By D.E. Smoot
Phoenix Staff Writer
A federal court judge denied a Cherokee Nation Tribal Council candidate’s bid to hold open this week’s election until the tribe processes all pending citizenship applications filed by freedmen descendants.
Robin Mayes, one of six candidates competing for an at-large post, also is seeking an order “to hold open the election” long enough to allow those applicants time to register to vote and cast ballots.
U.S. District Judge Terence C. Kern of the Northern District of Oklahoma rejected Mayes’ request Tuesday in a four-page opinion and order. Federal procedural rules, Kern reasoned, require Mayes show four equitable factors.
Those factors include a strong likelihood of succeeding on the merits, a showing of irreparable harm if the injunction is denied, the threatened harm outweighs the prospective injury to the other party, and the injunction would not be adverse to public policy.
Mayes contends the court order issued by a federal judge in 2011 directs tribal officials to ensure freedmen descendants “have access to and receive rights and benefits on the same terms as any other Cherokee citizen.” The order, Mayes said, includes assurances that freedmen have the “right to register as a Cherokee citizen and to vote in the 2013 election.”
Kern disagreed with Mayes’ interpretation of the 2011 court order filed during the extraordinary principal chief election. Kern, reciting the 2011 order, states that order applies only to freedmen descendants “who were enrolled as citizens as of Aug. 22, 2011, are recognized as citizens of the Cherokee Nation.”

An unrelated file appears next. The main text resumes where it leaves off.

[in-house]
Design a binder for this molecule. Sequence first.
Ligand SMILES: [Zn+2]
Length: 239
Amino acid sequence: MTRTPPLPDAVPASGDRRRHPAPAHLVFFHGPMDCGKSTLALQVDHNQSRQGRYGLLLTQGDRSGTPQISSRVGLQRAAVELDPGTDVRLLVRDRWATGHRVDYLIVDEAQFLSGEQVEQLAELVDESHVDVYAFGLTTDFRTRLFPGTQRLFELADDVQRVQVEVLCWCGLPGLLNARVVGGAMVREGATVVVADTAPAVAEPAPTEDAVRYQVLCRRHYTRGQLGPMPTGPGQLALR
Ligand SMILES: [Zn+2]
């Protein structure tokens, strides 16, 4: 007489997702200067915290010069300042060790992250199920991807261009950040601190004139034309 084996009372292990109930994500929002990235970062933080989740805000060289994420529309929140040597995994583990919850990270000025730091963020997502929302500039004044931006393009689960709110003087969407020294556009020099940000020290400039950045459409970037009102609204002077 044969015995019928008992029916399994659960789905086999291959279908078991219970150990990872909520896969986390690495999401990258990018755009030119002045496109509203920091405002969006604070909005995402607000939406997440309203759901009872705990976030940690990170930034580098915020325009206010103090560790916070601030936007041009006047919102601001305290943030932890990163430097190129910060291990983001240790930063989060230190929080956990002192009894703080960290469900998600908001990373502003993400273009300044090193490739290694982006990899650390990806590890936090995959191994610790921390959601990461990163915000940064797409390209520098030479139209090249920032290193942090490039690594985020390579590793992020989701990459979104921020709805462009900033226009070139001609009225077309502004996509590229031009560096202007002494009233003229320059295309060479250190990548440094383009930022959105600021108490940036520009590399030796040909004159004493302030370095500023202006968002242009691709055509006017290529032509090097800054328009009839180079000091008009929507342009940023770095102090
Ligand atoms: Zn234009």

“The parties’ agreement is silent as to how the Nation must handle new or pending applications for citizenship by freedmen descendants,” Kern reasons. “All of Mr. Mayes’ complaints relate to the nation’s failures to take actions on citizenship applications rather than the nation’s treatment of freedmen descendants who were already enrolled as citizens as of Aug. 22, 2011.”
Mayes said the adverse ruling likely will result with “an election challenge ... that could force a new election.” He described that scenario as “devastating to all candidates.”
“It is irresponsible for the parties in the federal case to just do nothing and hope the judge will do nothing, too,” Mayes said, noting he would bypass tribal court due to past rulings handed down by the nation’s judiciary.
Mayes, who lives in Denton, Texas, is competing in a field of six candidates for the at-large post on the tribal council. The other candidates are Ken Luttrell, Carole Richmond, Jack D. Baker, Curtis West and Curtis Bruehl.
Reach D.E. Smoot at (918) 684-2901 or firstname.lastname@example.org.